The thing is, Simon Sinek's fortune cookie platitudes can be all fluffy at the agency town hall (or as my granny used to say, ‘it’s all good fun until somebody loses an eye’), but it sure as hell won’t land with any hard-nosed CFO.

Creating an evidence-based mindset with the odd Warren Buffett soundbite about profitability will work much harder than an inspirational quote about saving the world.

Taking a long-game approach to brand building is more important than ever, but technology has made this more challenging. The likes of Buffett have warned about the dangers of short-termism for decades, but in adland, it’s fallen on deaf ears, so advocating for playing the long game isn’t easy.

One of our big problems is not a lack of data but the deluge of it. Each source – and there are multitudes - is battling for our limited attention and often tricks our brains.

The answers to this particular ‘why’ will be found in human psychology, not the spreadsheet.

For the last million years or so, and until relatively recently, short-term thinking - acting in the moment - has served us humans pretty well from an evolutionary standpoint.

The current human mind developed in an environment where people lived in small groups and had only a few choices to make. The instinct to focus on the here and now was useful when all we were doing was finding food and avoiding predators, but it is ineffective when making brand investment decisions. Because the minds we use to navigate the modern world were shaped - for the most part - around 200,000 years ago when a trait like the short-term focus was adaptive. It’s one of the main reasons you and I are even here. Our ancestors survived.

Here is the paradox of short-term thinking.

We have to fight our instincts.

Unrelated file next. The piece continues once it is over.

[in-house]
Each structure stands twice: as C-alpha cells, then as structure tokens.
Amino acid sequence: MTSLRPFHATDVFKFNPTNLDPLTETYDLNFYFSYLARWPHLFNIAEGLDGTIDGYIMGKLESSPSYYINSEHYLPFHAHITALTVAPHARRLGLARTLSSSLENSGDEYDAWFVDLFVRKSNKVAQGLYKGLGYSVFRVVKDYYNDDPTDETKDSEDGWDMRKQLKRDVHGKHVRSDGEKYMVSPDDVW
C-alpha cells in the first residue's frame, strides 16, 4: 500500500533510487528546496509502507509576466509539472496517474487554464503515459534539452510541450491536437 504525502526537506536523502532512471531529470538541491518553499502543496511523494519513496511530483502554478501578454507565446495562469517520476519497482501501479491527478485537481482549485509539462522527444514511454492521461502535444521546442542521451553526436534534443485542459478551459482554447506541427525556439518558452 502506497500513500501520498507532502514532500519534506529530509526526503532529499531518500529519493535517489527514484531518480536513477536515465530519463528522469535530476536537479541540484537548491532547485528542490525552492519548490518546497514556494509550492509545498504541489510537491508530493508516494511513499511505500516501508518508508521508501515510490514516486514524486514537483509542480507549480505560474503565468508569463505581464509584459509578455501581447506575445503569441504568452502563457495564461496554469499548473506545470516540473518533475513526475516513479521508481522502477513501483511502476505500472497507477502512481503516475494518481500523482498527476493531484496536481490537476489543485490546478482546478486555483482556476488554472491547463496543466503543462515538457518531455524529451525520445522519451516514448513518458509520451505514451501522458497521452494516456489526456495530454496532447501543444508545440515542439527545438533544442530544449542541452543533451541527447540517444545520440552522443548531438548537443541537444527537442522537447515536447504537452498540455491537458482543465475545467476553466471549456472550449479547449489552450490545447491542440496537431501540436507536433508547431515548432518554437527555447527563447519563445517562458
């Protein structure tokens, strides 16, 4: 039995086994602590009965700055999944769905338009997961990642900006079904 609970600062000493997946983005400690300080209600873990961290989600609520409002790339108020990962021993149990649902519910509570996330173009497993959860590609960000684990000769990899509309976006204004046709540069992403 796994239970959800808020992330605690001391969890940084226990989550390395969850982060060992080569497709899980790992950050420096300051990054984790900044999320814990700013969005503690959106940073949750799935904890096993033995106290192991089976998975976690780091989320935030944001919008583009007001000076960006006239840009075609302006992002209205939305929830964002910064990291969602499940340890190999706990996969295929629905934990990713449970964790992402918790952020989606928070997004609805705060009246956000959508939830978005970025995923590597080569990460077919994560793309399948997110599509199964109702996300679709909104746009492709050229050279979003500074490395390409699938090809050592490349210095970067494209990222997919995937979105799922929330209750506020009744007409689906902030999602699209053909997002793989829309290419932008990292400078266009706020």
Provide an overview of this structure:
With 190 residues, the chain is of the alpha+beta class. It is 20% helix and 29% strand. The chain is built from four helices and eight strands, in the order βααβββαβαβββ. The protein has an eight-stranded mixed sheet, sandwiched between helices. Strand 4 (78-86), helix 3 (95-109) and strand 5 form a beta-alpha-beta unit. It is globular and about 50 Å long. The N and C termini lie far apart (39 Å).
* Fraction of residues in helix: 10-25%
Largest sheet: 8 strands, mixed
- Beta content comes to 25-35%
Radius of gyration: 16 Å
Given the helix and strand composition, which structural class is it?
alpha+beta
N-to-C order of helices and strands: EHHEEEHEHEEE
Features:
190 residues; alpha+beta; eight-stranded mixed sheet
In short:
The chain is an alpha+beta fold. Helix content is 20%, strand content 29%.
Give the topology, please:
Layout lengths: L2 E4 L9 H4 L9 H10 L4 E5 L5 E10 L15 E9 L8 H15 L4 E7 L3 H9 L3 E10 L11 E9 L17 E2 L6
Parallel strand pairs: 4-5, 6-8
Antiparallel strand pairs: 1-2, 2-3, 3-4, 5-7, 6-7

The reality (and evolutionary mismatch) in life and business is that long-term planning is vital for a successful and sustainable future in the modern world.

Meanwhile, for our Silicon Valley overlords - and others who mediate our experience - the exploitation of the human mind's hard-wired short-term tendencies and manipulating our biases to make us more short-term focused is their business model.

Just spend five minutes on TikTok and watch it turn into two hours.

There’s only one path to simultaneously beat your genes (and appease the CFO) for agency planners and their CMO partners.

Force yourself to set clear long-term goals, define them and make them concrete with evidence and clear metrics. Then appease the short-term monkey on your back by breaking them up into smaller measurable milestones so you can track progress towards the bigger prize.

And with this knowledge, build and train your teams to know when to run with instinct and when not to. Finally, surround yourself with other long-term thinkers. Connect with people who share your long-term mindset. Maybe it’s a support group of other recovering instant gratification addicts. Their influence and support can help reinforce your commitment to thinking long-term.

It’s not easy; in fact, it will be difficult.

Everyone could do it if it were easy, but the rewards are all out there.

It might even get you a two-week shoot eating mac’n’cheese on a beach in Thailand…, and don’t forget to invite the CFO.


 Eaon Pritchard | Consumer Psychologist and Chief Strategy Officer at Bray&Co